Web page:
Time Out says
The poignant story of chanteuse Billie Holiday's life, told through the substantial talent of Broadway star Audra McDonald.
'I been arrested all over this damn country’, announces Audra McDonald. The Broadway legend, and six-time Tony winner (an all-time record), is making her long-anticipated West End debut in a play that’s a bleak tour of another kind of America: one where Billie Holiday was created, lionised then destroyed in the twilight economy of cabaret bars. And she’s worth the wait. She’s utterly, mesmerisingly convincing as she inhabits Holiday, quipping with deceptive lightness that Philly is the only place that put her in jail. Now, she’s back at Philadelphia’s titular Emerson’s Bar & Grill for a night of songs that’s all but railroaded by her trauma, alcoholism and drug addiction.
McDonald has Holiday’s unique croon down pat. She might have made her name as a musical theatre star, but here, she reigns in her huge, well-trained soprano, and tortures it into something spikier and more wayward. She works her way from light jazz standards, elaborated with virtuouso trills and falls, to the fury of ‘Strange Fruit’, or the bluesy ‘Tain’t Nobody’s Biz-ness if I Do’, a grim justification of her right to self-destruct. As playwright Lanie Robertson’s book emphasises, each song she sings comes from pain buried deep inside her. She can’t trot them out like an automaton: but as she rambles into stories of her adolescence or abusive past relationships, her band try to jog her back into the present by striking up familiar notes and chords.
Around her, director Lonny Price’s luxuriant production creates a gilt-edged replica of a mid-century cabaret club. The stage bustles with tables and chairs, inhabited by awkward-looking audience members who the increasingly desperate McDonald grasps onto for support and comfort.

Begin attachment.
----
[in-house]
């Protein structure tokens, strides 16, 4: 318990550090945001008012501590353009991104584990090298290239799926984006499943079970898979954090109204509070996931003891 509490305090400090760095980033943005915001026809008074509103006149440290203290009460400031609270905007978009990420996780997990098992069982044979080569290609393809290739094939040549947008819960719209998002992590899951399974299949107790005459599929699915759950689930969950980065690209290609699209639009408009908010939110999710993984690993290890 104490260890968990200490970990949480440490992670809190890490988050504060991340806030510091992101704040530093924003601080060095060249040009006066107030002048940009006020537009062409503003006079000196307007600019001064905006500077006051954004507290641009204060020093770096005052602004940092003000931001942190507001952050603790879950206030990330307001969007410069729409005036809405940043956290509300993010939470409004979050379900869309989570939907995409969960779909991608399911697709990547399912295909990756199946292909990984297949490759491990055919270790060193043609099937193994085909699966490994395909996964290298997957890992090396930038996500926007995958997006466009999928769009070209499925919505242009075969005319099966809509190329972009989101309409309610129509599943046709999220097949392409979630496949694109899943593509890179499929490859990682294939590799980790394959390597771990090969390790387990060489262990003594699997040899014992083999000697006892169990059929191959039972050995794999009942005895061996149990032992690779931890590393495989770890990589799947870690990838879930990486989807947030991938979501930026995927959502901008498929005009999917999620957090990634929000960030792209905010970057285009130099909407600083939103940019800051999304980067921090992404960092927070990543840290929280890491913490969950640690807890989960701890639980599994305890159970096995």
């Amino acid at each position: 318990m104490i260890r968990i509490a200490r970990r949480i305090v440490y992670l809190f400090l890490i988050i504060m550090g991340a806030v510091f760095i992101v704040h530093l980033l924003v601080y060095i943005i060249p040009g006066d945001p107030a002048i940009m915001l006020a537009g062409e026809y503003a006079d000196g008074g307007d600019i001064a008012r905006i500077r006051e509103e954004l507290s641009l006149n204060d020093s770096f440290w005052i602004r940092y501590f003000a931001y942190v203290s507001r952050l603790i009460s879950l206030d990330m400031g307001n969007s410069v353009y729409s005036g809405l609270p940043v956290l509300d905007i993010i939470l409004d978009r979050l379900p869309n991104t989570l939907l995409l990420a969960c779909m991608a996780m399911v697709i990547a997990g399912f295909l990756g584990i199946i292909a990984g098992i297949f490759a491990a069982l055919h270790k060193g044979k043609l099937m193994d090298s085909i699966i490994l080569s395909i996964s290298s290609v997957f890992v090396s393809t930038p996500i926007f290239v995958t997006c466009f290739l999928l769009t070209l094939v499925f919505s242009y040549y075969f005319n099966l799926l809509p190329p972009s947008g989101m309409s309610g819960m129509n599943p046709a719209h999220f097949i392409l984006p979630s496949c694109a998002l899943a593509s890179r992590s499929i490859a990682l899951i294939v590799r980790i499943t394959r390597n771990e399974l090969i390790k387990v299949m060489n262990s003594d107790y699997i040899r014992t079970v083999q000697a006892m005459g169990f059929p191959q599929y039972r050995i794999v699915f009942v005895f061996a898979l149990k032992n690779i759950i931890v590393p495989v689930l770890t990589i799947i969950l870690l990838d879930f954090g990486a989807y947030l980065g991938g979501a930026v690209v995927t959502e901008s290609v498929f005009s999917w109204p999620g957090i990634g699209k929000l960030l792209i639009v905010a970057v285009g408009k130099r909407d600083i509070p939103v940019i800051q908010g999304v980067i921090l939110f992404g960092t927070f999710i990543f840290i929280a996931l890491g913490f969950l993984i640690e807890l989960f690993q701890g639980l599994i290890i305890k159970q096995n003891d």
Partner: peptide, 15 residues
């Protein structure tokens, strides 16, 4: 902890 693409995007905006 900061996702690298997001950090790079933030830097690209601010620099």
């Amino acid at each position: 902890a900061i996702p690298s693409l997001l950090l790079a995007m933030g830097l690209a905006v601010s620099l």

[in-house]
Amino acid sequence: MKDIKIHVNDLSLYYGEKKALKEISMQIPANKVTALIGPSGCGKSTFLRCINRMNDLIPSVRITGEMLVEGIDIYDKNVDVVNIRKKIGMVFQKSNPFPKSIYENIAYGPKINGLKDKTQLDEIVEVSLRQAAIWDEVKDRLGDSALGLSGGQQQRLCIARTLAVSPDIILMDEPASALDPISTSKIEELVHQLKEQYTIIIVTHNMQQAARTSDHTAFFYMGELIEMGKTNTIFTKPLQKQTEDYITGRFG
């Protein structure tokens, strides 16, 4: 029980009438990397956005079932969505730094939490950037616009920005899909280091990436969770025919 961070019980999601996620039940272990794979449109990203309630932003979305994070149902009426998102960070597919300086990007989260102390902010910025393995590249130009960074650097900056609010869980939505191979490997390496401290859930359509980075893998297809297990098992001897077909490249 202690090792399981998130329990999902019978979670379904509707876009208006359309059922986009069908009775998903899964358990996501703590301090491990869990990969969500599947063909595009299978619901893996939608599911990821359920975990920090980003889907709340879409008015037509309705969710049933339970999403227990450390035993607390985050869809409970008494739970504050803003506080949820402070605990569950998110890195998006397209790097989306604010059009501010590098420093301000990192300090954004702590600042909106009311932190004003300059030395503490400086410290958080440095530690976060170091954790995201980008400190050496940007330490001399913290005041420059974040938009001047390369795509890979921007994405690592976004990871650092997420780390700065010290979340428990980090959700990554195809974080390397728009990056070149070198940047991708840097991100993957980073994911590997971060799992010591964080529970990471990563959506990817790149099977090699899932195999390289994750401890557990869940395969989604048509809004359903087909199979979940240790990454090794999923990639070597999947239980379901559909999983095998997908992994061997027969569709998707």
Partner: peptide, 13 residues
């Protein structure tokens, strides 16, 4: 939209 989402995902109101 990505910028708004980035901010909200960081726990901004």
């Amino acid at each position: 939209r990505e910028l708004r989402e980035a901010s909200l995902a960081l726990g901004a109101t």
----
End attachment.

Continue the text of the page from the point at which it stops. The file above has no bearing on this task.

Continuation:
It’s an uncanny, unsettling mix of authenticity and artificiality that’s typical of this show. It’s fundamentally a pretty strange spectacle to engineer, mixing the sumptuousness of a plushy theatre-turned-cabaret bar, and even more so of McDonald’s sumptuous voice, with a narrative that stresses the comfortless reality of Holiday’s life.
That discomfort is needed. Holiday’s talent flourished and withered in a world that was so racist it killed her: even at the peak of her stardom she wasn’t permitted to eat alongside her white band in a restaurant dining room. It’s hard not to feel a topical echo, both in the modern context of US police violence against African Americans, and as part of an overwhelmingly white opening night audience, watching as she self-destructs. But this brutal performance feels like an interrogation of the voyeurism that makes us obsessed with watching talented, troubled women (especially black women) break down, suffer and go crazy. It sees us, and holds a cracked mirror up to our rapt faces.
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My mother when I was younger would always play Billie Holiday, she is one of mothers ultimate favorites. We were both truly blown away by Audra McDonald's performance as Billie Holiday and it was such a powerful emotional story and she held the performance and character throughout, some parts when you even felt you shouldn't be there watching. Such amazing monologues and really well written. Every song was sang to perfection and flawless. The show wasn't very long with no interval, the stage is set as bar and you can really be apart of the act should you wish and purchase tickets to be in the bar on the stage, we had stall which were fantastic as well. The band were fantastic and played beautifully, it was like being taken back in time and really getting a taste of how it was all those years ago. This is a great show and performance to be seen!